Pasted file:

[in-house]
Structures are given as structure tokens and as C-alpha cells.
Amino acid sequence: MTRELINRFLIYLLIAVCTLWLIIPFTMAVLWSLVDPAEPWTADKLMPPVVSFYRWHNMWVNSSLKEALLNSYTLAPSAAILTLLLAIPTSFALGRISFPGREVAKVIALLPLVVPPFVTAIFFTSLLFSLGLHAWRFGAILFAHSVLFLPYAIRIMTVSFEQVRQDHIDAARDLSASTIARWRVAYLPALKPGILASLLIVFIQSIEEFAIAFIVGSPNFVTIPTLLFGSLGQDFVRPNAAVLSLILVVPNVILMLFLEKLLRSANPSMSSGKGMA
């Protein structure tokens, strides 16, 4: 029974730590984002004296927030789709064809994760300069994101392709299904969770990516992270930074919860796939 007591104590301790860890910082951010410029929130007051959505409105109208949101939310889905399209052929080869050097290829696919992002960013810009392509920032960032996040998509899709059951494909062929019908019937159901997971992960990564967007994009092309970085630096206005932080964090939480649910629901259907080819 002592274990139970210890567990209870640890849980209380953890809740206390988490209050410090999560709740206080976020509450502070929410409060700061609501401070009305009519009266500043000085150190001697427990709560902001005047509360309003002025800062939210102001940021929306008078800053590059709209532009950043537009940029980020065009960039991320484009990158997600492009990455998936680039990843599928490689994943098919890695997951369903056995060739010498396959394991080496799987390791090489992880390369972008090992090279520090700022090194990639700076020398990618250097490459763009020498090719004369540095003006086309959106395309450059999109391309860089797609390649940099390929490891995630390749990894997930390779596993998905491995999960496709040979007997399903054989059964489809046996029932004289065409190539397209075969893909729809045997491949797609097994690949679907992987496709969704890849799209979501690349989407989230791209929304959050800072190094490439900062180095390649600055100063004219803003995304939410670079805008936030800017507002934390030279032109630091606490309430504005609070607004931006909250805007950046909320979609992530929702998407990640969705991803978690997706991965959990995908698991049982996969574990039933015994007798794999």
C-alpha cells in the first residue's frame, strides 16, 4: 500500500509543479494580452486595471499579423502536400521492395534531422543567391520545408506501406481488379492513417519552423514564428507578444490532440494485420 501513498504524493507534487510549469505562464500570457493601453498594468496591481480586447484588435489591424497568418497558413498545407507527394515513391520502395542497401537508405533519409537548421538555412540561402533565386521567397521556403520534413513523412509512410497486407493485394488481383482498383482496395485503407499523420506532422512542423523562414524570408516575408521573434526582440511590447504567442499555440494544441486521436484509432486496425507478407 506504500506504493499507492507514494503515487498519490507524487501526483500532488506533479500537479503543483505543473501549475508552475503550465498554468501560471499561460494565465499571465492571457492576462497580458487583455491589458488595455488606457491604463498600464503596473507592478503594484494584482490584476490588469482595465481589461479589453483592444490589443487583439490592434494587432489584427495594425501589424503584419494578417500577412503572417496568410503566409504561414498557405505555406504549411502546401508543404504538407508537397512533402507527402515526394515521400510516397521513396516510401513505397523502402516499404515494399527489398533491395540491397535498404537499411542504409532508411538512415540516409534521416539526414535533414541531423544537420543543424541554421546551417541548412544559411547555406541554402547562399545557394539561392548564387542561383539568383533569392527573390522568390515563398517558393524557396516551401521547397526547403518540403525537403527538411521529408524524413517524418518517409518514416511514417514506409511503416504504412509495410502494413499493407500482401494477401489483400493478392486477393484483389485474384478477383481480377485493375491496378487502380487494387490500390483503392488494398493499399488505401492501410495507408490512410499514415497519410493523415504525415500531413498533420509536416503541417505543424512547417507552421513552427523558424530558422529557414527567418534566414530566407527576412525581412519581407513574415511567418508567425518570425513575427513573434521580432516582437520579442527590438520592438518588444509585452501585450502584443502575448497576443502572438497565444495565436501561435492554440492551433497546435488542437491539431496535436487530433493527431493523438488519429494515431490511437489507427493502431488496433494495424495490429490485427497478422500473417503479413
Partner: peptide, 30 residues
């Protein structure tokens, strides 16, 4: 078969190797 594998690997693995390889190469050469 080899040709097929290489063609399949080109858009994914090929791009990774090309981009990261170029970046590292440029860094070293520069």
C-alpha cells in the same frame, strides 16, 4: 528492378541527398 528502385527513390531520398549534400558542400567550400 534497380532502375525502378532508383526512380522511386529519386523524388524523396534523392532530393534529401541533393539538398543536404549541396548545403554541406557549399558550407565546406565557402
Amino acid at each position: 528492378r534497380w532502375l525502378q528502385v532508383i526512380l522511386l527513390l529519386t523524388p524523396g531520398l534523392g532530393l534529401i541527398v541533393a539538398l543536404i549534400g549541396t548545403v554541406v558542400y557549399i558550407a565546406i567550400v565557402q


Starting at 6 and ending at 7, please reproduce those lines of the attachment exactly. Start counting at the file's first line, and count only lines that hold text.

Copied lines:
Partner: peptide, 30 residues
């Protein structure tokens, strides 16, 4: 078969190797 594998690997693995390889190469050469 080899040709097929290489063609399949080109858009994914090929791009990774090309981009990261170029970046590292440029860094070293520069």